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May 30, 2024

Breathing During Exercise

I am going to make this one very short and sweet.

You need to breathe while doing exercises. Thank you and good day.

Okay, maybe we'll make it a little longer…

Many people struggle with this which sounds odd, but its true! There are so many people that forget to breathe or do not know the proper way to breathe.

If you are not breathing during your exercises; start too! Breathing is fun and keeps you alive, it will also increase your performance. 

Seriously, though, if you do struggle with not breathing during exercise, then there are a few options for you.

  1. You can use the breathing for that I go over in the next part of this blog. It will make you start to think about how to PROPERLY breathe which will in turn make you breathe. (Should do this regardless!)
  2. You can train breathing patterns during low intensity movements and exercise. This will give you the practice you need, but with less risk of becoming light headed.

Okay, so now what is the importance of breathing mechanics during exercise.

Lets go over the proper mechanics first.

In almost ALL cases you should…

Breathe in (inhale) on the easy part of the movement or at the top position of a movement

Breathe Out (Exhale) during the hard part of the movement when you are “pushing” to get the weight up.

Take a deadlift.

You should inhale at the top or on your way down to the bar.

Then you should exhale on your way standing up with the weight.

Why? Good question!

Inhaling is going to increase the amount of air in your lungs and the volume of your trunk. It expands out your rib cage and will actually “turn off” your abdominal and stability muscles. 

The exhale will increase the pressure in your trunk in order to expel the air. This will activate you abdominal and stability muscles.

This increase in pressure during the exhale will increase the stability of your trunk and provide a better “foundation” for your body to produce force.

A good rule of thumb is that increasing trunk stability will lead to increased force production. The best way to increase trunk stability is to do the exhale during the hard part of the movement.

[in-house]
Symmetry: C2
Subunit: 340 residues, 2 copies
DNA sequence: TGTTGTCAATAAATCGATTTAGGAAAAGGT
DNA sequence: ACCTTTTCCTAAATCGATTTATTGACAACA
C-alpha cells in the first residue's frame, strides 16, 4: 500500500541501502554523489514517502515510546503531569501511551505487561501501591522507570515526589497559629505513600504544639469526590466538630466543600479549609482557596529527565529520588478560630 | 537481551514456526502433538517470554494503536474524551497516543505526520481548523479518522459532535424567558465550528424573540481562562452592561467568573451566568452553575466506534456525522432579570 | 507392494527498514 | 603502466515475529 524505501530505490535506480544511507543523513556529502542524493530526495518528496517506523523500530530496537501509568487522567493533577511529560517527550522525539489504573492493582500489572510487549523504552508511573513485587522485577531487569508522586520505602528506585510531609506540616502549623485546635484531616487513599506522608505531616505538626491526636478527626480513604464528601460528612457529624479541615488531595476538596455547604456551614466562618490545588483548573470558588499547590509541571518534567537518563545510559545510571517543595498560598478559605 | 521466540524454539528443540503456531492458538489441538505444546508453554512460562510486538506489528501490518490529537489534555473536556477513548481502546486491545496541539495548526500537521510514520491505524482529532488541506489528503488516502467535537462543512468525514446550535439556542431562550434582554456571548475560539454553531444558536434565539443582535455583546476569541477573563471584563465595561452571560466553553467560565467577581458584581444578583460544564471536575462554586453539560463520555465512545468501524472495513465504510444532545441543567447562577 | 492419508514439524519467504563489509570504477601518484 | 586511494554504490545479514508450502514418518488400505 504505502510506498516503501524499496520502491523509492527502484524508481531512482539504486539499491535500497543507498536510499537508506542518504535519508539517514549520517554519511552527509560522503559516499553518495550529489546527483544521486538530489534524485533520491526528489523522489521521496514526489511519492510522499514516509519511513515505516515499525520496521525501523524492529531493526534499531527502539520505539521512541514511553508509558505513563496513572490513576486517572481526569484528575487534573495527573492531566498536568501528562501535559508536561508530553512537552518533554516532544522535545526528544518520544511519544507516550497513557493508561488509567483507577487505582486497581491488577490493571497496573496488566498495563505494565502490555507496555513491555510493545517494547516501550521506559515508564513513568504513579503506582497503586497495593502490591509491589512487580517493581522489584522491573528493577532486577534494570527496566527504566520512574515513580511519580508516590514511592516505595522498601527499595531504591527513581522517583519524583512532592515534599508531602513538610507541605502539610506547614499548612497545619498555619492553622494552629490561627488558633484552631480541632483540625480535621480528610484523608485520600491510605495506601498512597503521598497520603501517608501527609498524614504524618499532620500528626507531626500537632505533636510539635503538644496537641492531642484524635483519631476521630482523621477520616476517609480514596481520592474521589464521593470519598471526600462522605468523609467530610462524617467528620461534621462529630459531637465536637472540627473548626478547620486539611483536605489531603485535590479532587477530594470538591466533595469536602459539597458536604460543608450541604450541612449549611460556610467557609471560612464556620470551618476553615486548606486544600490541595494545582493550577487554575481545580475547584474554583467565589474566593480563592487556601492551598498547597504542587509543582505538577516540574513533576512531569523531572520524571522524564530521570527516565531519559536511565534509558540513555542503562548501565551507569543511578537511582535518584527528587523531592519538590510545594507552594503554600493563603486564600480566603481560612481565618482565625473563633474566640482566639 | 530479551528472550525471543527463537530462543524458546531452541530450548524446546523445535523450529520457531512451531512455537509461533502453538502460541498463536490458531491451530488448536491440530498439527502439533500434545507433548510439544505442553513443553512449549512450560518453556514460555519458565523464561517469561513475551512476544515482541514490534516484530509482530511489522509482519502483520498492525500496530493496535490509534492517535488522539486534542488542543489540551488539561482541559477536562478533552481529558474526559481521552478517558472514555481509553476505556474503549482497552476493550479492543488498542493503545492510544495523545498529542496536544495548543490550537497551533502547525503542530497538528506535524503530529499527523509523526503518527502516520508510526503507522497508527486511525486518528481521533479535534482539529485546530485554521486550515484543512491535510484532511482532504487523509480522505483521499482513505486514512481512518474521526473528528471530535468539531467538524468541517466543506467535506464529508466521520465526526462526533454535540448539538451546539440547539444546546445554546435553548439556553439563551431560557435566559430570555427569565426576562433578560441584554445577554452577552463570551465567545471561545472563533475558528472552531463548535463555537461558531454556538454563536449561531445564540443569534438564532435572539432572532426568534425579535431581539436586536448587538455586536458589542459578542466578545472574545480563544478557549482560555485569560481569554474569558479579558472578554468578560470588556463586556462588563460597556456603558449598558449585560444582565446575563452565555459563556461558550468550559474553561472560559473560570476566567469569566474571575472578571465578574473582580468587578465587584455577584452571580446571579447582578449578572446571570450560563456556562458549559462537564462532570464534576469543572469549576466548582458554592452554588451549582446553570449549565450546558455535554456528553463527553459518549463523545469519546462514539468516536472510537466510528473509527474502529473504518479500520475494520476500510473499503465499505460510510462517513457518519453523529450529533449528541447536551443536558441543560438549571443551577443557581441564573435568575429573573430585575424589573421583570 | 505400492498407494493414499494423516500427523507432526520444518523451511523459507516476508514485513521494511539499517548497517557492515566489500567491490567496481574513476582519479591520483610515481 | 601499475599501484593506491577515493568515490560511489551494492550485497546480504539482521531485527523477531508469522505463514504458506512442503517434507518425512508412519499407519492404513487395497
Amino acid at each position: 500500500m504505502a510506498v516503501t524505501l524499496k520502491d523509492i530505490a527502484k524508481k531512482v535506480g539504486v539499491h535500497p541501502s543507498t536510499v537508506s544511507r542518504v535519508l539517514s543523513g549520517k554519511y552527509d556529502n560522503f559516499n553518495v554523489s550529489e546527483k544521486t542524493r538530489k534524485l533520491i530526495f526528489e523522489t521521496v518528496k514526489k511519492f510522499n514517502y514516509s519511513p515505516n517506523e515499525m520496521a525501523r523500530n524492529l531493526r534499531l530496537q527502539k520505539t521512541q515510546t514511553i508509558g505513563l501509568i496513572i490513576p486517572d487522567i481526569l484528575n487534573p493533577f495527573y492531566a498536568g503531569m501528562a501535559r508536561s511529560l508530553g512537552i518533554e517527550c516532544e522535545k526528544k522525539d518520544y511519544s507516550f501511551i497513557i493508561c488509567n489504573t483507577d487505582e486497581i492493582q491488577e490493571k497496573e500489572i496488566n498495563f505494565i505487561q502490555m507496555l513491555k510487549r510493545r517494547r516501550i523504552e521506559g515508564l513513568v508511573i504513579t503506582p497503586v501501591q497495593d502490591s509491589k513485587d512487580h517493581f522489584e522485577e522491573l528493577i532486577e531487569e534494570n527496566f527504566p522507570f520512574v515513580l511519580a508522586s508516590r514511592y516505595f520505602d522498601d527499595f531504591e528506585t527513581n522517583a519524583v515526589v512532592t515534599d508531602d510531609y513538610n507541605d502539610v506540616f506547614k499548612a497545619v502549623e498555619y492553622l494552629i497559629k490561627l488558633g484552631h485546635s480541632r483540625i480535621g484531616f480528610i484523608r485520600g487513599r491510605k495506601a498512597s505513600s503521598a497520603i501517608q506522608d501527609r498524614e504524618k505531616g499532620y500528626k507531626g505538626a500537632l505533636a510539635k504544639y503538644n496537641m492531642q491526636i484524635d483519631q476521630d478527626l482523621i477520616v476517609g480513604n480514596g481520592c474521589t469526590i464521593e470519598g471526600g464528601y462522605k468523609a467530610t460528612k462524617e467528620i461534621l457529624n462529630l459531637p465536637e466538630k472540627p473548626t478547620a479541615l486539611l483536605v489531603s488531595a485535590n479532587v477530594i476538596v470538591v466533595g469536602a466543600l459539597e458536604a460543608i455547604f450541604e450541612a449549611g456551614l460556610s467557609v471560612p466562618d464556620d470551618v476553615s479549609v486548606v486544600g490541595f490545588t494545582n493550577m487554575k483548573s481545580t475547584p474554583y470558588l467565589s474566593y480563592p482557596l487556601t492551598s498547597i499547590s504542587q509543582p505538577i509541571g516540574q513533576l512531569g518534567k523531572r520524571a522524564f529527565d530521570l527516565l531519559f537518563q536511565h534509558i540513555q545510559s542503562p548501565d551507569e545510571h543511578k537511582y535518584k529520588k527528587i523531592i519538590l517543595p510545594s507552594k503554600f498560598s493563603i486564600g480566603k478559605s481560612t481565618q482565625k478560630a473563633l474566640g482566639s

Now, many people may ask “what about that video of the guy/gal who was deadlift? They were not exhaling as they were lifting the bar? What gives?!”

This is true! The way to achieve the most trunk stability is actually by not actively exhaling the air inside your lungs.

When you inhale you increase the volume of your trunk. When you exhale; the pressure in your trunk is increased in order to expel the air. However, the pressure does not have to be overly high in order to get the air out, and by the end of the lift your trunk volume is basically back to normal.

Now imagine you inhale and increase the volume of your trunk. Then you do essentially a Valsalva maneuver (basically an exhale without letting any air go). This can greatly increase the pressure in your trunk which will then allow you to produce more force into whatever movement you are doing.

Not breathing in the case of the deadlift is actually exhaling without letting any air go.

Make sense? Hopefully! 

Now lets talk about 2 more key factors when it comes to breathing and exercise.

Both of them have to do with breathing through your nose.

No one wants to be a mouth breather, but at some point during exercise it happens to us all. However, I would argue that it probably happens too soon for most of us and we are missing out on a ton of great benefit.

If we were to breathe through our nose for low to moderate intensity exercise; there are a ton of benefits that come with that.

  1. You release more nitric oxide which will lead to bronchodilation and vasodilation. It also increases your red blood cells ability to transport oxygen
  2. You will be more conscious about your breathing (as we discussed, pretty important)
  3. It will lessen your oxygen consumption for the same amount of work
  4. It will keep your heart rate lower during the same amount of work

Here are some good times to use nasal only breathing

  • At work
  • On a walk
  • On a light run
  • Warming up for a workout
  • The early part of a workout
  • Any other time that you can during a workout
  • WHEN YOU SLEEP (this is too big of a topic to go into, but trust me!)

The next breathing through your nose topic is actually about when you stop breathing through your nose.

At a point during a exercise routine, even if you are a nasal breathing master, you will still need to start breathing through your mouth. This happens when the need to expel CO2 becomes to great that nasal breathing is no longer an option.

But, eventually that set or workout finishes, and you need to recover in order to prepare for the next set or just daily life.

What do you do?

Ill let you guess… Nasal Breathing? YUP!

As soon as you are able, try to breathe in and out through your nose. This will decrease the time it takes to get your heart rate down, and it will put your body in a better environment to buffer out CO2 and metabolites from your body.

This is crucial to learn if you are an athlete. My sport growing up was hockey.

Playing hockey is basically 30-45s of a panic attack on ice, followed by 2-3 minutes recovering on the bench for your next shift. Getting your heart rate down during the time on the bench is crucial! It allows you to be more prepared and physiologically ready for the upcoming shift.

Exercise works on the same principle. The faster you can get your heart rate down, the more you will have in the tank for future tasks.

So, as soon as you finish a set of an exercise; try to breathe through your nose as soon as possible. Slow your breathing down, and get ready for the next exercise ahead.

As always, if you have any questions please reach out at

Yours in strength,


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